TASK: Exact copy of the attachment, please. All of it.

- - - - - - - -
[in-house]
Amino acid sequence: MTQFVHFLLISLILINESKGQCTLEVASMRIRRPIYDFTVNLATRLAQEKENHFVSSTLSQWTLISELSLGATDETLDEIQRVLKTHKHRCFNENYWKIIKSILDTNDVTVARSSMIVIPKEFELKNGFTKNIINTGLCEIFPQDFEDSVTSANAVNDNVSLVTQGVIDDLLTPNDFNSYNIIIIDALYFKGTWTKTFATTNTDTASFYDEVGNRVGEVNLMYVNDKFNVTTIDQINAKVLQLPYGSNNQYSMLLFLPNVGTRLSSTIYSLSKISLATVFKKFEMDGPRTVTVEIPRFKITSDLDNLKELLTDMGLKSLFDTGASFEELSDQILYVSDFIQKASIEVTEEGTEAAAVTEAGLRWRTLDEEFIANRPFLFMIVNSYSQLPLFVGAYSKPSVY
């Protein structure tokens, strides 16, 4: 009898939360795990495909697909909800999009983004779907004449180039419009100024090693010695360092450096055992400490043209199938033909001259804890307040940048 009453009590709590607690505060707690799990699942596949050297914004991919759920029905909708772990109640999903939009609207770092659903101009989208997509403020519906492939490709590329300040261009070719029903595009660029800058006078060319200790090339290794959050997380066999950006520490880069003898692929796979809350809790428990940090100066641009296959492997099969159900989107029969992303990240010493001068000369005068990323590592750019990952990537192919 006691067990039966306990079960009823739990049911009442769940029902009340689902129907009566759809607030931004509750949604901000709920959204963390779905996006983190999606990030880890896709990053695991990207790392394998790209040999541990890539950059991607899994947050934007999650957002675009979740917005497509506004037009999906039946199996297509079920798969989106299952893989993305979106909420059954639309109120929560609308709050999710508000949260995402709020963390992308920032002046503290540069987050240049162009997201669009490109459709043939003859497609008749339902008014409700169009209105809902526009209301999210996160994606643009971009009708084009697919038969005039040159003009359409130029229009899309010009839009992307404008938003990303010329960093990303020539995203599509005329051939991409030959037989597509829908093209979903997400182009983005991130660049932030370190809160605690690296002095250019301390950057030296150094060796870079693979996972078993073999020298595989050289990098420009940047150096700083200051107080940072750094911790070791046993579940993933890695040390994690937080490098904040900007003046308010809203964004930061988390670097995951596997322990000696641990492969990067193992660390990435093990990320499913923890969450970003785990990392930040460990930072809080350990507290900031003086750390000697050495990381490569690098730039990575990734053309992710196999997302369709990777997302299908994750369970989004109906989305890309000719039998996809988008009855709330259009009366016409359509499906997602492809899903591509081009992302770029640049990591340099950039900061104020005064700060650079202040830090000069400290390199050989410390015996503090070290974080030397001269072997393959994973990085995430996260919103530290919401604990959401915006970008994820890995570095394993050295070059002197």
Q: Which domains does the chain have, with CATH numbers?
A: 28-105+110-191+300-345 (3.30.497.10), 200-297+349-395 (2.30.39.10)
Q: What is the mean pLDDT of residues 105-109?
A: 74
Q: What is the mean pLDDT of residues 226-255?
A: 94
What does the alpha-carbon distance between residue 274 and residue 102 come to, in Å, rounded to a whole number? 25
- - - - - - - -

[in-house]
Amino acid sequence: MTQFVHFLLISLILINESKGQCTLEVASMRIRRPIYDFTVNLATRLAQEKENHFVSSTLSQWTLISELSLGATDETLDEIQRVLKTHKHRCFNENYWKIIKSILDTNDVTVARSSMIVIPKEFELKNGFTKNIINTGLCEIFPQDFEDSVTSANAVNDNVSLVTQGVIDDLLTPNDFNSYNIIIIDALYFKGTWTKTFATTNTDTASFYDEVGNRVGEVNLMYVNDKFNVTTIDQINAKVLQLPYGSNNQYSMLLFLPNVGTRLSSTIYSLSKISLATVFKKFEMDGPRTVTVEIPRFKITSDLDNLKELLTDMGLKSLFDTGASFEELSDQILYVSDFIQKASIEVTEEGTEAAAVTEAGLRWRTLDEEFIANRPFLFMIVNSYSQLPLFVGAYSKPSVY
């Protein structure tokens, strides 16, 4: 009898939360795990495909697909909800999009983004779907004449180039419009100024090693010695360092450096055992400490043209199938033909001259804890307040940048 009453009590709590607690505060707690799990699942596949050297914004991919759920029905909708772990109640999903939009609207770092659903101009989208997509403020519906492939490709590329300040261009070719029903595009660029800058006078060319200790090339290794959050997380066999950006520490880069003898692929796979809350809790428990940090100066641009296959492997099969159900989107029969992303990240010493001068000369005068990323590592750019990952990537192919 006691067990039966306990079960009823739990049911009442769940029902009340689902129907009566759809607030931004509750949604901000709920959204963390779905996006983190999606990030880890896709990053695991990207790392394998790209040999541990890539950059991607899994947050934007999650957002675009979740917005497509506004037009999906039946199996297509079920798969989106299952893989993305979106909420059954639309109120929560609308709050999710508000949260995402709020963390992308920032002046503290540069987050240049162009997201669009490109459709043939003859497609008749339902008014409700169009209105809902526009209301999210996160994606643009971009009708084009697919038969005039040159003009359409130029229009899309010009839009992307404008938003990303010329960093990303020539995203599509005329051939991409030959037989597509829908093209979903997400182009983005991130660049932030370190809160605690690296002095250019301390950057030296150094060796870079693979996972078993073999020298595989050289990098420009940047150096700083200051107080940072750094911790070791046993579940993933890695040390994690937080490098904040900007003046308010809203964004930061988390670097995951596997322990000696641990492969990067193992660390990435093990990320499913923890969450970003785990990392930040460990930072809080350990507290900031003086750390000697050495990381490569690098730039990575990734053309992710196999997302369709990777997302299908994750369970989004109906989305890309000719039998996809988008009855709330259009009366016409359509499906997602492809899903591509081009992302770029640049990591340099950039900061104020005064700060650079202040830090000069400290390199050989410390015996503090070290974080030397001269072997393959994973990085995430996260919103530290919401604990959401915006970008994820890995570095394993050295070059002197």
Q: Which domains does the chain have, with CATH numbers?
A: 28-105+110-191+300-345 (3.30.497.10), 200-297+349-395 (2.30.39.10)
Q: What is the mean pLDDT of residues 105-109?
A: 74
Q: What is the mean pLDDT of residues 226-255?
A: 94
What does the alpha-carbon distance between residue 274 and residue 102 come to, in Å, rounded to a whole number? 25